Fortunately, Xiaomi built a winner when it comes to battery life. The phone packs a 5,000mAh battery. Truth be told, I had a hard time killing this battery off. I only had to charge the phone twice in a week-long period. On days that I really pushed the phone, the battery barely drained at all. You can easily score one and a half days of battery life, and sometimes more. More than eight hours of screen-on time was common.
The Redmi Note 9T also supports 18W fast charging (22.5W charger in the box). It took about 1 hour 40 minutes to charge the phone from dead to full. There’s no wireless charging, though you shouldn’t expect it at this price point.
Is the Redmi Note 9T camera any good?
The camera lens arrangement is not the setup I like to see. Where many phones are adopting the wide, standard, and telephoto configuration, low-cost phones continue to confoundingly cram macro lenses into the picture. The Redmi Note 9T has a 48MP main camera with a 1/2-inch sensor. Xiaomi bins the camera down to 12MP at f/1.79 in a six-element lens. This main shooter is joined by a 2MP depth sensor for bokeh shots and a 2MP macro camera for extreme closeups.
Most people should be able to learn how to use the camera application quickly enough. It’s a fairly standard app. For example, a strip of tools lines the left edge of the screen with quick toggles for the flash, HDR, and such. The shutter button is on the right side, as is the mode picker. There are several modes available from the main screen, including portrait, video, and pro. You can tap an icon to access additional modes, such as full 48MP resolution, panorama, slow-motion, time-lapse, and more. The camera app felt fast. I was worried it might get bogged down, but it never did.
Images are acceptable but not exceptional. My biggest complaint is grain, which is visible even on well-lit shots. The grain isn’t hit-you-in-the-face bad, but it is noticeable when you look closely. On the other hand, facets such as exposure and white balance were generally good. Colors come across as a bit dull, however. In other words, pictures are fine but not great.
The Redmi Note 9T can capture video up to 4K at 30fps. The footage I took turned out pretty good. While the grain issue was similar to the photos, the color looked a touch better in the video than it did in the still images.
A 13MP selfie camera graces the front of the phone. It has a five-element lens at f/2.25. As far as front shooters go, it’s decent. It tended to blow out bright backgrounds, such as windows or lights, and selfies were as grainy as the regular photos. That said, you’ll still be able to take shots you won’t be ashamed to share across social media.
What I like about the Redmi Note 9T
- Battery life. It easily runs 1.5 days with eight-plus hours of screen-on time. What’s not to like?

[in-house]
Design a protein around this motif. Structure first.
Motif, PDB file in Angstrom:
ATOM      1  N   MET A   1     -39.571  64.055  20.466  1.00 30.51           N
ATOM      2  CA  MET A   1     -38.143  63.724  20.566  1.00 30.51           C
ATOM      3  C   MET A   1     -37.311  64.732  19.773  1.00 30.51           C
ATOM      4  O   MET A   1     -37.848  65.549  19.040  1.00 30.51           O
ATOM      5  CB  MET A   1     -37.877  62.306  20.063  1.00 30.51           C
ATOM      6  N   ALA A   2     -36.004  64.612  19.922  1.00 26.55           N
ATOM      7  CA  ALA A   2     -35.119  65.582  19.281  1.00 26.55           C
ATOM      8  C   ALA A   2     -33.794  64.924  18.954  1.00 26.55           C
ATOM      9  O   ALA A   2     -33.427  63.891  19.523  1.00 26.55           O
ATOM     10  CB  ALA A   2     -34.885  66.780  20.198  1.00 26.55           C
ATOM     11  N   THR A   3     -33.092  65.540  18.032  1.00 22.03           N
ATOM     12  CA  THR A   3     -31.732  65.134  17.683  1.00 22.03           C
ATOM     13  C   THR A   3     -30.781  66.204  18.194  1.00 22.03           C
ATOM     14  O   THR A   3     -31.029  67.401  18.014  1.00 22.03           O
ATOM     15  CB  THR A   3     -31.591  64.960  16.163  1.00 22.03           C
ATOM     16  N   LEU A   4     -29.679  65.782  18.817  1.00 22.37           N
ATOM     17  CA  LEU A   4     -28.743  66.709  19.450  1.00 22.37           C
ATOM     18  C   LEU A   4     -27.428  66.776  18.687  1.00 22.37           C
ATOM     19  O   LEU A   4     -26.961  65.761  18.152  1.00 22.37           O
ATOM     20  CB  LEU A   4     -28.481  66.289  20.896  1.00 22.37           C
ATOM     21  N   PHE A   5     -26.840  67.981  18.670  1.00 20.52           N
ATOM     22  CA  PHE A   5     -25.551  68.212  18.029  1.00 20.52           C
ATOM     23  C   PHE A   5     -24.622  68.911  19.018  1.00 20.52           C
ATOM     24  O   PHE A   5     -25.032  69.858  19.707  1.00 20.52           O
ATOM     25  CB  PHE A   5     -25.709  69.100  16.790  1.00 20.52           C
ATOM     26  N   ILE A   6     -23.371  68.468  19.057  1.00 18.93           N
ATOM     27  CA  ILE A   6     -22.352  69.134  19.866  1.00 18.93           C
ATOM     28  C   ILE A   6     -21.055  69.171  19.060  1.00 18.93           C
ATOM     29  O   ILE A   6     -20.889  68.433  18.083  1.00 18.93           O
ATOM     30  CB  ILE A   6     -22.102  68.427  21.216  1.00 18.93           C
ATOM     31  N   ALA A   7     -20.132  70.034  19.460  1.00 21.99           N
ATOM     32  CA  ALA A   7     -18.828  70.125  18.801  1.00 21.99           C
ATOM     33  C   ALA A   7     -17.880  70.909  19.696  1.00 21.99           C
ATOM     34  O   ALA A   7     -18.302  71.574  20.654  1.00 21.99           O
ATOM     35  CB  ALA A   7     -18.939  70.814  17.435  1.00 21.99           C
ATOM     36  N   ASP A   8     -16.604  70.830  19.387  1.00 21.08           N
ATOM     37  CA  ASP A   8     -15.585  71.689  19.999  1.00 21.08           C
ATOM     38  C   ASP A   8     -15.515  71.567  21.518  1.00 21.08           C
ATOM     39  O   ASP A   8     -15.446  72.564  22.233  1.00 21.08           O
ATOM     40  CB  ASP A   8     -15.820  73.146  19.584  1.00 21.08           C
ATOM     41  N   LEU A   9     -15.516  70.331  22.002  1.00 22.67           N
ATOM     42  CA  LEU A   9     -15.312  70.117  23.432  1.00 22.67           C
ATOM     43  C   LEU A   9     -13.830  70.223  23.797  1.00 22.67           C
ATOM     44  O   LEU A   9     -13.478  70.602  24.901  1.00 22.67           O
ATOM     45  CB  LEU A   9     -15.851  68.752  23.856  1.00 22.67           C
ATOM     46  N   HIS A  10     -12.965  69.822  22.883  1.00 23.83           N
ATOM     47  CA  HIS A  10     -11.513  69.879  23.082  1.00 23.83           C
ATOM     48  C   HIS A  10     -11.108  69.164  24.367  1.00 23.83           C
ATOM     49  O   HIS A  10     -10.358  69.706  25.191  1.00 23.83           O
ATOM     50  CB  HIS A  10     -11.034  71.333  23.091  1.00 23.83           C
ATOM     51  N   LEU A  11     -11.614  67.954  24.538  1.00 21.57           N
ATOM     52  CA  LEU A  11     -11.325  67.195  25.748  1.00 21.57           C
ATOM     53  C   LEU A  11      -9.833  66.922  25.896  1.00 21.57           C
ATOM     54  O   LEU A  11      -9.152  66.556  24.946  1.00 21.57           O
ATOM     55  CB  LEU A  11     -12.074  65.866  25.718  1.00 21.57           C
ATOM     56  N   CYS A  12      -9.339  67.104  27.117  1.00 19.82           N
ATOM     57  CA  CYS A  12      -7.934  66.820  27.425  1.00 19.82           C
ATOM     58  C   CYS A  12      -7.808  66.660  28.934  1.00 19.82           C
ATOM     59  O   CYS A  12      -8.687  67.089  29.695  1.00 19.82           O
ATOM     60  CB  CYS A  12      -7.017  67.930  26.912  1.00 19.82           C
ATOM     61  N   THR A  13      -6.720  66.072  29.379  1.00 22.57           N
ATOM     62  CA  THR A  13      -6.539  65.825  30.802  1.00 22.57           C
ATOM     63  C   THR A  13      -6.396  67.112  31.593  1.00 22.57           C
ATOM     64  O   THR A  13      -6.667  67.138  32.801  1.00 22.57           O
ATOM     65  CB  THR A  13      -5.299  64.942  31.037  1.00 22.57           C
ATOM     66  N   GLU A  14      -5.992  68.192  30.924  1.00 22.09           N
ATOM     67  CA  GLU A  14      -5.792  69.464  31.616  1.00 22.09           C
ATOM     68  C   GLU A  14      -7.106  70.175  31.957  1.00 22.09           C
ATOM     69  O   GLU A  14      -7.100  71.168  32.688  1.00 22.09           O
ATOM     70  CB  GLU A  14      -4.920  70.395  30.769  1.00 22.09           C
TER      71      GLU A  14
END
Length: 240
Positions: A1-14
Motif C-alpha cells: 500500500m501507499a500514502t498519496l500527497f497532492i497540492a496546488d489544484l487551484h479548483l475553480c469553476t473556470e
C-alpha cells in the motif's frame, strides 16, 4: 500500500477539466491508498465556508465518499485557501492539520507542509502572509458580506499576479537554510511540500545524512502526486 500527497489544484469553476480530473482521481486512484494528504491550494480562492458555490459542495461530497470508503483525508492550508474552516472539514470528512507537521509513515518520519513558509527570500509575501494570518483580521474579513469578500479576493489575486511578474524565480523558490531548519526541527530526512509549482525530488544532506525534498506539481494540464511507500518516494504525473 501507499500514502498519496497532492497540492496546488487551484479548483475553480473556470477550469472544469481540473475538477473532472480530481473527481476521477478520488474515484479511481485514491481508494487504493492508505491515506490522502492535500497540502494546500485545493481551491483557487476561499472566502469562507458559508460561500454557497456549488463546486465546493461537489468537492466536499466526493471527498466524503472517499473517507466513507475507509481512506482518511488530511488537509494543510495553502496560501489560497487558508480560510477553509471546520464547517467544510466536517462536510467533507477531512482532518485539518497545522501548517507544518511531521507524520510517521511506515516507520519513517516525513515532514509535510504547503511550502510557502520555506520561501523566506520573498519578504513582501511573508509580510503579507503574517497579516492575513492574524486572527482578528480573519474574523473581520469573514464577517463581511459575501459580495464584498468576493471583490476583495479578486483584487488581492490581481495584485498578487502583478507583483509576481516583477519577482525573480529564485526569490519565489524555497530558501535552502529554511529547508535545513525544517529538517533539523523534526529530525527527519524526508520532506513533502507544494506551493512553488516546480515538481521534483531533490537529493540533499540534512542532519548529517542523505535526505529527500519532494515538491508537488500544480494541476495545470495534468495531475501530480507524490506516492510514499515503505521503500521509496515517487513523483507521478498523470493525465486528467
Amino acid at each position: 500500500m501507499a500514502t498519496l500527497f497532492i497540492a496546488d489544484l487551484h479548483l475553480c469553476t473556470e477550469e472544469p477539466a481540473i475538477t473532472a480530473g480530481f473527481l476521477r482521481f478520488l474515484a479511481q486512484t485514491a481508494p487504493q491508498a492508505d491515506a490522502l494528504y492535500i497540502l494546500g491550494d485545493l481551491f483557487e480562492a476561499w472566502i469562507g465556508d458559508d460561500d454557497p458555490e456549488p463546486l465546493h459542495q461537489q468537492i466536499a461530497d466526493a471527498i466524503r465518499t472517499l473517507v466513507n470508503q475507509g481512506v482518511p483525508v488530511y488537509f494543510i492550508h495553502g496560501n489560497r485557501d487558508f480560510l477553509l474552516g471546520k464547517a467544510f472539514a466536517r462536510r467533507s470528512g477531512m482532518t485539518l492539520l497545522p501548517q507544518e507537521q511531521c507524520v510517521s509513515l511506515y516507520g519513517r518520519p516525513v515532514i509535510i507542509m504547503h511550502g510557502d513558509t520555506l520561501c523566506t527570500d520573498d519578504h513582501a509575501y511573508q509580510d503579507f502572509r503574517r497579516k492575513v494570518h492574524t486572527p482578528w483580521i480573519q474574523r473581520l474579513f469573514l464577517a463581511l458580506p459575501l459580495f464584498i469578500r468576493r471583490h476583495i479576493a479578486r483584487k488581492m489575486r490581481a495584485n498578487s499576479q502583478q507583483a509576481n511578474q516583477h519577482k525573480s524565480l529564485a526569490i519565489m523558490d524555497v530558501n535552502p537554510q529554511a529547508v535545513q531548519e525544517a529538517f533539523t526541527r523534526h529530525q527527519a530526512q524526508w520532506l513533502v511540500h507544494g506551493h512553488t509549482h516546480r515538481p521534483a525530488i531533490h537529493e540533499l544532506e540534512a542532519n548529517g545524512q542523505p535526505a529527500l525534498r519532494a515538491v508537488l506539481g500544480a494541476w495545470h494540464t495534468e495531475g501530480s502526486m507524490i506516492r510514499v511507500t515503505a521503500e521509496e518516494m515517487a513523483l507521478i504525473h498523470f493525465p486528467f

- Design. It’s a decent looking phone. The unibody chassis works well and has a cool texture that gives it some grip.
- SIM tray. It’s really rare to see such a versatile SIM tray. It accommodates a microSD memory card as well as two 5G SIM cards. The phone can roam between competing 5G signals and find the best one. That’s a unique feature.
- Headphone jack. Why is it that budget phones are the only ones left to include this user-friendly feature?
- Side-mounted fingerprint reader. It may be a bit of a compromise, but the fingerprint reader on the right edge works really well. You can’t expect to see face ID at this price point, and the side-mounted reader means the rear of the phone is kept clean.
What I don’t like
- Display. It didn’t bowl me over. The blueish tint forced me to spend more time tweaking it than should be necessary. Less discerning eyes may be okay with it.
- Camera. The arrangement of lenses doesn’t make a lot of sense and the pictures are merely so-so. There are much better camera phones out there at this price.
- MIUI 12. It’s just not for me. I’d like to see cleaner, simpler software that isn’t so heavy-handed with the icons and screen arrangements.
|Xiaomi Redmi Note 9T|
6.53-inch FHD+ DotDisplay, 19.5:9 aspect ratio -Color gamut: NTSC 84% (typ)
Brightness: 450 nits (typ)
TÜV Rheinland Low Blue Light certification
Corning® Gorilla® Glass 5 front
MediaTek Dimensity 800U
Octa-core CPU, up to 2.4GHz 7nm manufacturing process
New-generation Mali-G57 GPU
64GB UFS 2.1
128GB UFS 2.2
48MP main camera
1/2” sensor size, 1.6μm 4-in-1 Super Pixel -f/1.79, 6P lens, AF
2MP depth sensor -1.75μm pixel size, f/2.4
2MP macro camera -1.75μm pixel size, f/2.4 LED flash
13MP in-display front camera
1.12μm pixel size, f/2.25, 5P lens
4K @ 30fps
1080p @ 60fps
1080p @ 60fps
720p @ 30fps
5,000mAh (typ) high charge cycle battery 18W fast charge
22.5W charger in box
161.96mm × 77.25mm × 9.05mm
Nightfall Black, Daybreak Purple
Redmi Note 9T review: The verdict
- Xiaomi Redmi Note 9T: 64GB — €229 (~$281)
- Xiaomi Redmi Note 9T: 128GB — €269 (~$330)
The company did a commendable job putting together a fine piece of hardware for the price. The Redmi Note 9T has a pleasing design, functional hardware elements, and just about the best battery life we’ve seen in this segment. However, the screen comes across as a bit dull, the camera is forgettable, and Xiaomi’s MIUI 12 is not for everyone.
If you’re in the market for a low-cost 5G phone, the best alternatives anywhere close to this price point are the Realme 7 5G, Samsung Galaxy A42 5G, and the OnePlus Nord N10. If you don’t mind paying a touch more and can live without 5G, the Google Pixel 4a is a much better phone all-round. The 5G-supported OnePlus Nord is another great option if you can stretch your budget too.
No matter how you cut it, the Xiaomi Redmi Note 9T is one of the cheapest 5G phones to be made available in Europe. Does that make it the best buy for everyone? No. But if you’re able to compromise just a bit on the screen and camera, it’s a solid offering.